'Bananas' / Cops behaving badly / 'What the heck is that?'

‘Bananas.’ A lawyer and former staffer to Republican Sen. Marco Rubio says a letter from the Trump White House refusing to cooperate in any way with Democrats’ impeachment probes is “a middle finger to Congress” that “no member … should accept.”
Independent—formerly Republican—Michigan Congressman Justin Amash: “It’s … as though the White House is unfamiliar with the Constitution.”
Vox: “The letter is a challenge to the very concept of congressional oversight of the executive branch.”
Here’s the letter.

Harvard constitutional law professor Laurence Tribe: “The House clearly cannot permit such brazen obstruction.  … It should instead forge ahead with articles of impeachment now.” (Cartoon: The Reader Best-of-Chicago-poll-nominated Keith J. Taylor.)
The AP: “Now comes the battle royal” over what “the sole power of impeachment” means.
CNN: Regardless of President Trump’s assertions to the contrary, “the overwhelming majority of allegations” in the whistleblower’s complaint have proven true.
The Onion mocks the president’s enablers: “GOP Lawmakers Watch Silently As Trump Strangles Each Of Their Loved Ones In Turn.”
Columnist Neil Steinberg: “The permanent fog of corruption … this week was cut by a flash of hope.”

‘You’ve been warned.’ Planned Parenthood is launching a $45 million campaign to beat Trump and flip the U.S. Senate to Democratic control—putting on notice “all the politicians working to take away our rights,” with special attention to Midwestern races.
Politico Illinois’ Shia Kapos: A growing number of 2016 Democratic convention delegates who backed Bernie Sanders are now “all-in for Sen. Elizabeth Warren.”
Sanders’ daughter-in-law died over the weekend, just two days after a cancer diagnosis.

‘A bit fishy.’ A law professor expert in matters of legal ethics tells WBEZ that Illinois Supreme Court Justice Anne Burke’s participation in cases involving clients of her indicted husband, Ald. Ed Burke, merits investigation.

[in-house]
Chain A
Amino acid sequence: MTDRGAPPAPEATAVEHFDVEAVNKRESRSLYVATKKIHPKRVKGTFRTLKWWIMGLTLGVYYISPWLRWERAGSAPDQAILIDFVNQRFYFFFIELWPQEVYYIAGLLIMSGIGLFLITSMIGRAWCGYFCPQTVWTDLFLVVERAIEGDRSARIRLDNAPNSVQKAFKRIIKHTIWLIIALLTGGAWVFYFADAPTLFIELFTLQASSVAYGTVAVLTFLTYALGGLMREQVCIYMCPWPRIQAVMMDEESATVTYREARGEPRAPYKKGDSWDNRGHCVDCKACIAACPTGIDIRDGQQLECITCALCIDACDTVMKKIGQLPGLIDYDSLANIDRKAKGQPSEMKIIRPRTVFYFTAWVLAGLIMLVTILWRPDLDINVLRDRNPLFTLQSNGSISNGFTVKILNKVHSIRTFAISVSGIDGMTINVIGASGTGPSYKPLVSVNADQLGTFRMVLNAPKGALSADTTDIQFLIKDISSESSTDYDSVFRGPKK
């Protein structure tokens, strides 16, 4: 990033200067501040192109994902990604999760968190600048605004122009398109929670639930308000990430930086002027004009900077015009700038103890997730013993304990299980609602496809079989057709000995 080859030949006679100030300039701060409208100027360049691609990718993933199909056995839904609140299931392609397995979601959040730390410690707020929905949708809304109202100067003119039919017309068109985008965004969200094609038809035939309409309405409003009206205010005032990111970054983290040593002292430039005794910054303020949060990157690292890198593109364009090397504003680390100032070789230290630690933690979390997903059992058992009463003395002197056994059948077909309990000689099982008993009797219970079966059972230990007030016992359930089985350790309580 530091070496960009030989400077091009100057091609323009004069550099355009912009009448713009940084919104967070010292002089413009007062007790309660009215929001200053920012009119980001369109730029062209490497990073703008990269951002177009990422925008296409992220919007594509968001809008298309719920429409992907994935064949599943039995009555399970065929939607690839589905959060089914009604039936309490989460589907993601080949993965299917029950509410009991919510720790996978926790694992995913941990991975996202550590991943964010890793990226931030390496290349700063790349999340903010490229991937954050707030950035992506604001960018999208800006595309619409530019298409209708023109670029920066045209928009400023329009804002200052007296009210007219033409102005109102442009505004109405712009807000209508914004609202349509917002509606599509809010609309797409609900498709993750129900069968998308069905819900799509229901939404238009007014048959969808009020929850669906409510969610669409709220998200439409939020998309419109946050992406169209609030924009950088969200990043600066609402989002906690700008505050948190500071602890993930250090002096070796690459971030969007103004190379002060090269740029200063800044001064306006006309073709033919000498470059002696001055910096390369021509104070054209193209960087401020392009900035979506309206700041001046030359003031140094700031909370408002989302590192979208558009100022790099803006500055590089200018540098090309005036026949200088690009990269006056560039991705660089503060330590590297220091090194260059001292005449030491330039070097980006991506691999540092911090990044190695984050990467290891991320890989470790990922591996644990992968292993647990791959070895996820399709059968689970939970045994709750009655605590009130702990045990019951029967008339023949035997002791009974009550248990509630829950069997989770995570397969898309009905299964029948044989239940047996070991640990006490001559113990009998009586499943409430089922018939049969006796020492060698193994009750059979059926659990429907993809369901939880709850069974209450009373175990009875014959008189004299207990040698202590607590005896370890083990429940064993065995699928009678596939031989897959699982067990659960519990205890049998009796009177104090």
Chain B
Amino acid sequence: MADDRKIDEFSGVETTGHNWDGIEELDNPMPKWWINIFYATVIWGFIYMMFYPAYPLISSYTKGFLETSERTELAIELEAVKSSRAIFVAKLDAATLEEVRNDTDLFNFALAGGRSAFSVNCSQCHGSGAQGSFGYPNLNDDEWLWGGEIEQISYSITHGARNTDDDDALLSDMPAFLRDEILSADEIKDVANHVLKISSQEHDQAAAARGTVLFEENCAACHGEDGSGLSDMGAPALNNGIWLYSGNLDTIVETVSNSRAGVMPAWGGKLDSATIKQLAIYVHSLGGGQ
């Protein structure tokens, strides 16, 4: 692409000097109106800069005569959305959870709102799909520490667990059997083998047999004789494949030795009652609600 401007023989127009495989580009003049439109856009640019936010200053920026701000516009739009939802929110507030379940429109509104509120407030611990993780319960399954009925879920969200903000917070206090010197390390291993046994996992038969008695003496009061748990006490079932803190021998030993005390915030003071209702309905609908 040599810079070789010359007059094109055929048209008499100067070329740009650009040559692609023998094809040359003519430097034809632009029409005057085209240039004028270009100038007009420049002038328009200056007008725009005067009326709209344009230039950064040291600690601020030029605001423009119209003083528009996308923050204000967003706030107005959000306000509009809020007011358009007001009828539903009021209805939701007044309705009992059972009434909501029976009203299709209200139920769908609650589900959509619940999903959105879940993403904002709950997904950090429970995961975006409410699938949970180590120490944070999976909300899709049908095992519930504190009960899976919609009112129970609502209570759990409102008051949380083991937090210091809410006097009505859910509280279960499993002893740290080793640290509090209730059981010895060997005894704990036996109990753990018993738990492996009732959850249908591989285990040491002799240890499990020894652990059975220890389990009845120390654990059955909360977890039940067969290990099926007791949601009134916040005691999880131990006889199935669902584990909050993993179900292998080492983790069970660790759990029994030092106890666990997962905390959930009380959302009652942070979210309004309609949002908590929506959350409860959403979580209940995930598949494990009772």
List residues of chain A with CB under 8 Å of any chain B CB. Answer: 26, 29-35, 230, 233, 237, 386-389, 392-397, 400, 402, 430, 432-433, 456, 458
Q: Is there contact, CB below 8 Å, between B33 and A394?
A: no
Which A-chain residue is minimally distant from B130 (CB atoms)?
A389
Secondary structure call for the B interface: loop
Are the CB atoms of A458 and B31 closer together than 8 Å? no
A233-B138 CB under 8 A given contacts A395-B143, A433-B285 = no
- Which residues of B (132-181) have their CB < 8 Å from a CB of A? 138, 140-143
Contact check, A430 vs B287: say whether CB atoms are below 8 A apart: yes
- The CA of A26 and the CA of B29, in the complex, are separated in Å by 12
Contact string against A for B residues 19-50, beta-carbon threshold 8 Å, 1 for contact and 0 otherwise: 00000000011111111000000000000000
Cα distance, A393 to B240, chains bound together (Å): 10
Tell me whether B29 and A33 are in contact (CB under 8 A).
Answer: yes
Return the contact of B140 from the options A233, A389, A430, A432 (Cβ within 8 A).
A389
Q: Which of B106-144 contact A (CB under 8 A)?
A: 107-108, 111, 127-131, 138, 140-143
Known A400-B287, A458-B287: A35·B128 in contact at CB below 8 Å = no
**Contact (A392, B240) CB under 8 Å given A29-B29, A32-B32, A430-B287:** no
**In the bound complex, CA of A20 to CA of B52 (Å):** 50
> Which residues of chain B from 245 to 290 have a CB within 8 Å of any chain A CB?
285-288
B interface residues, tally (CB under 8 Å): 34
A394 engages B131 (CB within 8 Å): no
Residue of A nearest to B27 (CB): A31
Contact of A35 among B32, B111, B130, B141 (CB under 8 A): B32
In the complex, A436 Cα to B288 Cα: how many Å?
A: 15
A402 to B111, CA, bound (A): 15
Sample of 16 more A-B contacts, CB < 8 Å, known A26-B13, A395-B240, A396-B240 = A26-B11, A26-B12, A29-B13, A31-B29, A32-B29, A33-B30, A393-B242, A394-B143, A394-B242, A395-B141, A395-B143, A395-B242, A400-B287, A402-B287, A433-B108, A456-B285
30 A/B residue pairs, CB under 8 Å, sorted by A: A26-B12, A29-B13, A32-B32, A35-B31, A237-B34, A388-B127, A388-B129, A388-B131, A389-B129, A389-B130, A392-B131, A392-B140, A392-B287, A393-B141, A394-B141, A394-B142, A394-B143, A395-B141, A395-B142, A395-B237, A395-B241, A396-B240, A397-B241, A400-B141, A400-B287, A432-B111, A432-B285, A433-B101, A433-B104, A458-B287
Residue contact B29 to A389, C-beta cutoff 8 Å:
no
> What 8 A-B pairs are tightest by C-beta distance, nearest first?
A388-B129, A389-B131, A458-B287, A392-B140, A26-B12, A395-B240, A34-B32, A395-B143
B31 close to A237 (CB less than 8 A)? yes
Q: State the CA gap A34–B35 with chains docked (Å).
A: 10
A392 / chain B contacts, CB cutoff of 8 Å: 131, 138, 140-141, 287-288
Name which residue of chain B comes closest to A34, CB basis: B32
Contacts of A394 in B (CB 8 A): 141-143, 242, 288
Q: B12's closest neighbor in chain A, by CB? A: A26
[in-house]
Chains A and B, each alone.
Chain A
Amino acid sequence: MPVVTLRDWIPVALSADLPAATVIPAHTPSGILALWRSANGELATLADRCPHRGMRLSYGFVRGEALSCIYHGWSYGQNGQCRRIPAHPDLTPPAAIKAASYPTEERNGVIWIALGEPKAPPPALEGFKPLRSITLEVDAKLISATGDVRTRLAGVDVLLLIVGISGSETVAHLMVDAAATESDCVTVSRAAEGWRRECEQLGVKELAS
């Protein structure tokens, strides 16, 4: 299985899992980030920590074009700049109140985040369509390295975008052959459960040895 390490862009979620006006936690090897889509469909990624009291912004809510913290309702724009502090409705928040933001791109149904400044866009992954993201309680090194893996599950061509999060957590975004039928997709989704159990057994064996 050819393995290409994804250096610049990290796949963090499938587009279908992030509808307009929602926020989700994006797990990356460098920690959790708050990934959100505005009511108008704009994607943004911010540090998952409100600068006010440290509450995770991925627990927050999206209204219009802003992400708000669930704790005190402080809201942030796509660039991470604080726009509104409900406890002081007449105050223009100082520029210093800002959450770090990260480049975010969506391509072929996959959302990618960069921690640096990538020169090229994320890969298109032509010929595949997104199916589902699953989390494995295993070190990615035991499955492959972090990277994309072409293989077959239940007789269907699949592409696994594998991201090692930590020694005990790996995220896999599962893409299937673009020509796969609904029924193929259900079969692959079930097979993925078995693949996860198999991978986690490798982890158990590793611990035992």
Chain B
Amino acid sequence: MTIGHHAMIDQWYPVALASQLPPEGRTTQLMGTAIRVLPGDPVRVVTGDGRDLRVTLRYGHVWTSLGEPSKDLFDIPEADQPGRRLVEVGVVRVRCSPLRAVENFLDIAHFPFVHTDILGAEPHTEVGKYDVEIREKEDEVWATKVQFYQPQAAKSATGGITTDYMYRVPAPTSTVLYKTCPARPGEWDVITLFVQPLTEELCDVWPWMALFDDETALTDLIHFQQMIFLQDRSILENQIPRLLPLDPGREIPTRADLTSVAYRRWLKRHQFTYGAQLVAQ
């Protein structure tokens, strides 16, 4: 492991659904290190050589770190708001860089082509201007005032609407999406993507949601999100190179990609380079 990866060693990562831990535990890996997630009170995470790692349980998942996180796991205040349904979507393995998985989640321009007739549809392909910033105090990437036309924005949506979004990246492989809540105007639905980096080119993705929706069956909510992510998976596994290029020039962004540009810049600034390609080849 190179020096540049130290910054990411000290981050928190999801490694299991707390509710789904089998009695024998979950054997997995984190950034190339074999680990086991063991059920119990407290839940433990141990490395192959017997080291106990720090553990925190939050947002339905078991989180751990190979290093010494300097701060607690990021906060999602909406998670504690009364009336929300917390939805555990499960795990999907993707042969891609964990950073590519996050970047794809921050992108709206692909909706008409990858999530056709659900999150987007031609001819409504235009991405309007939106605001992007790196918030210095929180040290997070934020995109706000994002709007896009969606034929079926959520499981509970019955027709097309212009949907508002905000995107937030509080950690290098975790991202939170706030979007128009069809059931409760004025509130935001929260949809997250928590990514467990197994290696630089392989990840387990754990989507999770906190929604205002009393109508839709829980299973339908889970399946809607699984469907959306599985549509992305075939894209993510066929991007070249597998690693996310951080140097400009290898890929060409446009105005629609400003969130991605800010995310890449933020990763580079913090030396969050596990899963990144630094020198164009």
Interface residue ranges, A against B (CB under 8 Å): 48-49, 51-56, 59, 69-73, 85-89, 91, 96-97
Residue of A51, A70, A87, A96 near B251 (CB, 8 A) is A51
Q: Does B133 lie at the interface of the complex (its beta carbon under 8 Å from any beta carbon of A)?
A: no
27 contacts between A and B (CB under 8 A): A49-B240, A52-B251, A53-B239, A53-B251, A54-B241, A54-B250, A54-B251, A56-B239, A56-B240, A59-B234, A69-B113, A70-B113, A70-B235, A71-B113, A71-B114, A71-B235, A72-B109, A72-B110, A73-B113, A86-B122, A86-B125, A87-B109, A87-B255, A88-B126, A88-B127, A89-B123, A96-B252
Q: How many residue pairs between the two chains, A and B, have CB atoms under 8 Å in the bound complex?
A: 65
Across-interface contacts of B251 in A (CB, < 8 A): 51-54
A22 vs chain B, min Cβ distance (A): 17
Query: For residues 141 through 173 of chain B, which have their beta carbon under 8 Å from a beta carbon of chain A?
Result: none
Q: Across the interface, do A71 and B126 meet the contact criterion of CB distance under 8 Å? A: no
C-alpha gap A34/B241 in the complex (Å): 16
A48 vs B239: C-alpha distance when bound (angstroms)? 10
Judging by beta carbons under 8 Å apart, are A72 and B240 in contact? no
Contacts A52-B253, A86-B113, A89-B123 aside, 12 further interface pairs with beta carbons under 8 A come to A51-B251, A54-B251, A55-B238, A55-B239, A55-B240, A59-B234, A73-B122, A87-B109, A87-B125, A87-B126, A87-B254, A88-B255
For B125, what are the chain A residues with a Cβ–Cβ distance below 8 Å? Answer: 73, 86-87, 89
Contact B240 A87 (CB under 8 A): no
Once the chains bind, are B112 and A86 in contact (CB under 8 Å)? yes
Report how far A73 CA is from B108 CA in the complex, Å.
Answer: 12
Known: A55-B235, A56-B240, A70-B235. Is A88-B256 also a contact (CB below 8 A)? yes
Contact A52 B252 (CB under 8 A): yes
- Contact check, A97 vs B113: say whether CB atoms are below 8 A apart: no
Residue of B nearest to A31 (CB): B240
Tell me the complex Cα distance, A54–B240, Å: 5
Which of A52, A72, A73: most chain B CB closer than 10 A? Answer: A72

The feds’ probe of the alderman has yielded more than 40,000 pages and 100 discs of evidence.

Cops behaving badly. Chicago’s inspector general concludes Chicago police officers “have been misusing parking placards to secure illegal parking spots for themselves and their family and friends.”
A suburban cigar shop has been a nexus for politicians swept up in a federal corruption investigation.
The Sun-Times’ Mark Brown: “How about we face facts and get rid of township government in Cook County?”

‘A horrible idea.’ An Illinois congressman is outraged at JUUL’s push to carve out an exception for mint in the Trump administration’s proposed ban on flavored vaping pods.
Sunday-morning alcohol sales would expand under a plan headed to the full Chicago City Council.


Do you know kids who love to run?
They’ll love this.
10 Fest Chicago
Sunday, Oct. 13.

The Healthy Kids Running Series is a Chicago Public Square advertiser.

‘What the heck is that?’ Demolition of a Chicago woman’s garage revealed hundreds of historic metal advertising signs.
The Tribune’s Steve Johnson visits the Chicago River Museum, where Michigan Avenue tourists can watch firsthand as historic machinery raises the DuSable Bridge.

‘Rechargeable world.’ The Nobel Prize for Chemistry goes to three scientists whose work contributed to the development of the lithium-ion batteries that power phones, computers, cars and so much more.
The Guardian: These 20 fossil fuel companies are knowingly behind a third of the world’s carbon emissions.
Concerns about wildfires in California's hot, dry weather have prompted Pacific Gas & Electric to cut power for more than half a million customers.

Twitter betrayal. If you gave Twitter your phone number, it may have given that number to advertisers …
 … which may spell trouble for Twitter in Washington.
Facebook has turned thumbs-down on the Biden campaign’s request to remove Trump ads.

Matt Lauer accused. A former NBC News colleague is going public with charges the NBC host raped her in his hotel room during the 2014 Winter Olympics.
Lauer’s former colleague Hoda Kotb on Today today: “They are not allegations of an affair. They are allegations of a crime.”
Lauer says in a letter: “Each act was mutual and completely consensual.”
Investigative journalist Ronan Farrow, whose book reveals the details, says Lauer may have had a hand in NBC’s decision to kill his 2017 exposé of disgraced movie producer Harvey Weinstein.

Four stars. The Sun-Times’ Richard Roeper praises Eddie Murphy’s new Netflix movie, Dolemite Is My Name …
 … which also features Second City veteran Keegan-Michael Key and is about a movie that Key says was “instrumental in forming who I am.”